Comforting: The care and attention shown in the drama seems a far cry from the realities of today's NHS

Can you imagine such a thing happening today

If you have a medical crisis in the middle of the night in modern Britain, you have more chance of seeing Lord Lucan on your doorstep than your own GP.

And despite David Cameron’s pledge before he came into power to deliver an extra 3,000 midwives for the NHS, no such thing has ever happened. In fact, there is still an estimated shortfall of nearly 5,000 midwives — and this at a time when the national birth rate is at a 40-year high.

No wonder the system is creaking at the seams, or that the midwife you see at the beginning of your pregnancy is unlikely to be the same one who is there at the end. No wonder we turned our rose-tinted NHS spectacles onto glorious full beam when watching Call The Midwife.

Even the prospect of clumsy Miranda Hart turning up at your bedside with a goofy smile and a 1950s standard issue glass enema nozzle in her hand was almost a cheering one. Almost.

No one wants to turn the clock back entirely to the medical badlands of the 1950s — especially, please, please, not to 1950s births. Back then, a woman dying in childbirth, in terrible pain, was not uncommon. Babies were lost who could have been saved.

Yet despite all that, what Call The Midwife reminds us is that doctors, nurses and midwives once really were at the very heart of every community, rich or poor, for better or worse.

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You could depend on each and every one of them to do their best for you, in a selfless and noble way. People on both sides of the medical divide pulled together in a manner that seems impossible today.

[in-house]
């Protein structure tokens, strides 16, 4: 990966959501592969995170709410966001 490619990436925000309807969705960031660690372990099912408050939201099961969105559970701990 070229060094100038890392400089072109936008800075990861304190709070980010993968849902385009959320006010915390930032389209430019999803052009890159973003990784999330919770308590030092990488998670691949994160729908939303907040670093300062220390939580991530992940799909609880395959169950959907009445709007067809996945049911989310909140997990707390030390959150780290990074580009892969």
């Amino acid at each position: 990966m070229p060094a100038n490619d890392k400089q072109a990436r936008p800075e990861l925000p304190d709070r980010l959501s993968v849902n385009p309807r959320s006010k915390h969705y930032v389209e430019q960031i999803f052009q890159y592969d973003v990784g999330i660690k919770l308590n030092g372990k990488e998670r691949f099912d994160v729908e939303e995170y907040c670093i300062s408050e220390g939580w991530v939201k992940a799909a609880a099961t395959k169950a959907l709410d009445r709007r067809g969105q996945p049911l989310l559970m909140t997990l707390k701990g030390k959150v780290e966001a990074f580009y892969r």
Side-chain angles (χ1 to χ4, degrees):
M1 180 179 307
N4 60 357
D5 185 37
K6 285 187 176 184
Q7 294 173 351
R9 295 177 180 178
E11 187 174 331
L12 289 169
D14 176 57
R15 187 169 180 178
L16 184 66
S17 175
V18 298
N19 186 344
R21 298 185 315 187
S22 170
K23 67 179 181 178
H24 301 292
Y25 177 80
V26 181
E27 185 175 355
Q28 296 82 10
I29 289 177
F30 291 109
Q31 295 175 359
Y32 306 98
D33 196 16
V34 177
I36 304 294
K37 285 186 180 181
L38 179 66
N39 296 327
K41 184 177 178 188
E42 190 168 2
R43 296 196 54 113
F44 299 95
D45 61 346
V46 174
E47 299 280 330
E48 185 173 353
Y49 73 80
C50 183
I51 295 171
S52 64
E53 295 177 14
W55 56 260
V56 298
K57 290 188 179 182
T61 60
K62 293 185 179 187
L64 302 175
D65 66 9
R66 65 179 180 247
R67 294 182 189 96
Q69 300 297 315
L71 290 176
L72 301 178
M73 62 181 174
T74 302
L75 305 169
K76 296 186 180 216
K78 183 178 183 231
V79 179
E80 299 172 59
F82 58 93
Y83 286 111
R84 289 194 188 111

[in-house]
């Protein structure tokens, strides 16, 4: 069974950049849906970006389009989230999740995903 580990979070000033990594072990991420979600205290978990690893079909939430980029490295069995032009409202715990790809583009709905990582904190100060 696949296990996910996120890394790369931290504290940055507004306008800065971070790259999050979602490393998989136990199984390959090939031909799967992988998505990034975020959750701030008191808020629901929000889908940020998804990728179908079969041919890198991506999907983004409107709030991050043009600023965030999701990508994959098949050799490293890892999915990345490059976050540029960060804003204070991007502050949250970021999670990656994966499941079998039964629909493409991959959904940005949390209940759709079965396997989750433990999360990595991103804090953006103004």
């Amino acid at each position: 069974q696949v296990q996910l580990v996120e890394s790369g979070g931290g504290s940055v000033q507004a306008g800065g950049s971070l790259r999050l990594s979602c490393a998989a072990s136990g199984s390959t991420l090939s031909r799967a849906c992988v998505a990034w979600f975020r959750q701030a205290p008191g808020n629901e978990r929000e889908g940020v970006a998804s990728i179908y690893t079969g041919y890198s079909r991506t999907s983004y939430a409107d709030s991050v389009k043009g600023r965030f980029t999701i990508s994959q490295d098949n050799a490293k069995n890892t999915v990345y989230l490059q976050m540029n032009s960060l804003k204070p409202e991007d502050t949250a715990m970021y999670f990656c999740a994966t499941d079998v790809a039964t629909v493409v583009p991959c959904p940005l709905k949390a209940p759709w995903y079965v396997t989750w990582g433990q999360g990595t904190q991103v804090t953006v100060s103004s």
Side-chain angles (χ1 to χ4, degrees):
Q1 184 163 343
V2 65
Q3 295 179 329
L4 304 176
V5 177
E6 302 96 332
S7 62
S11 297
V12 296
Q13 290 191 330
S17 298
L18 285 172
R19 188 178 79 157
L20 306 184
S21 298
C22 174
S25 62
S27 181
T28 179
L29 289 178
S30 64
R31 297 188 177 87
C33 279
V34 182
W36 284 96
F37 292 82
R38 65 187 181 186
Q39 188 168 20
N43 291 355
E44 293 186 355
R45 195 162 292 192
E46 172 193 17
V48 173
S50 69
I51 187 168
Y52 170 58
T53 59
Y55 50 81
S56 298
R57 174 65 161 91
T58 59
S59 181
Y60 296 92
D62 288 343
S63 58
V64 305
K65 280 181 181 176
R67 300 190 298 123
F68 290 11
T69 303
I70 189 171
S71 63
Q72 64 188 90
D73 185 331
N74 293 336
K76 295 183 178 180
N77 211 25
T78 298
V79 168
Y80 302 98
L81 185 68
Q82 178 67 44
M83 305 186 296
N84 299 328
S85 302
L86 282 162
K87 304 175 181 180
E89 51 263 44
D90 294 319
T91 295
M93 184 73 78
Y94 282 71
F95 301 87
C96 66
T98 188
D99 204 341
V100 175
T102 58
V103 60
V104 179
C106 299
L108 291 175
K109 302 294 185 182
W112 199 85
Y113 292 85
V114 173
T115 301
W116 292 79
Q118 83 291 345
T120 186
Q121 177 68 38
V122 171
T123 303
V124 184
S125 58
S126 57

Certainly, there was something very sweet and alluring about the old-fashioned midwives as depicted in this television adaptation. There were well-nourished young women of good birth, each of them facing the harshness of life and the hardships of others for the first time. ‘Your comfort is not important,’ Sister Julienne would tell them. And she was right.

Contrast that with the box-ticking, let’s-all-stand-around- the-nurses-station-all-night, me-me-me generation who terrorise the vulnerable in our medical institutions today.

Not all of them, of course. There are still a great deal of dedicated and wonderful nurses and doctors out there.

Yet to many of the sick and the vulnerable and the pregnant, hospitals have become places to fear. In fact, we don’t even have doctors and nurses to trust to look after us there any more, we have so-called ‘health professionals’, whomsoever they might be.


Any concept of selfless devotion is ground down under the arduous weight of long shifts, poor pay and a system that does not support them any more than it does the poor patients crammed into overcrowded wards.

So in many ways, it is hardly surprising that Call The Midwife swiftly gathered such a devoted army of fans. It harks back to a simpler age.

Yes, there was post-war austerity — worse, by a long chalk, than the austerity we have today. Britain was still reeling after World War II. Cities were still bomb-scarred, some foods were still rationed or in short supply, the country was on its knees.

Everyone had suffered: everyone had lost someone or something.

Yet the effects of the war concentrated everyone’s minds. People knew what was important, and they looked out for each other. Whatever was going to happen, they had to get through it together.

And it is this, perhaps, that is the secret of this period drama’s heartfelt allure. Because today, in this unsure world, we can’t really depend on anyone any more.

Call The Midwife depicts a very different world. Call the midwife You can call her an anachronism, you call her what you like. But at least, once upon a time, you could call her.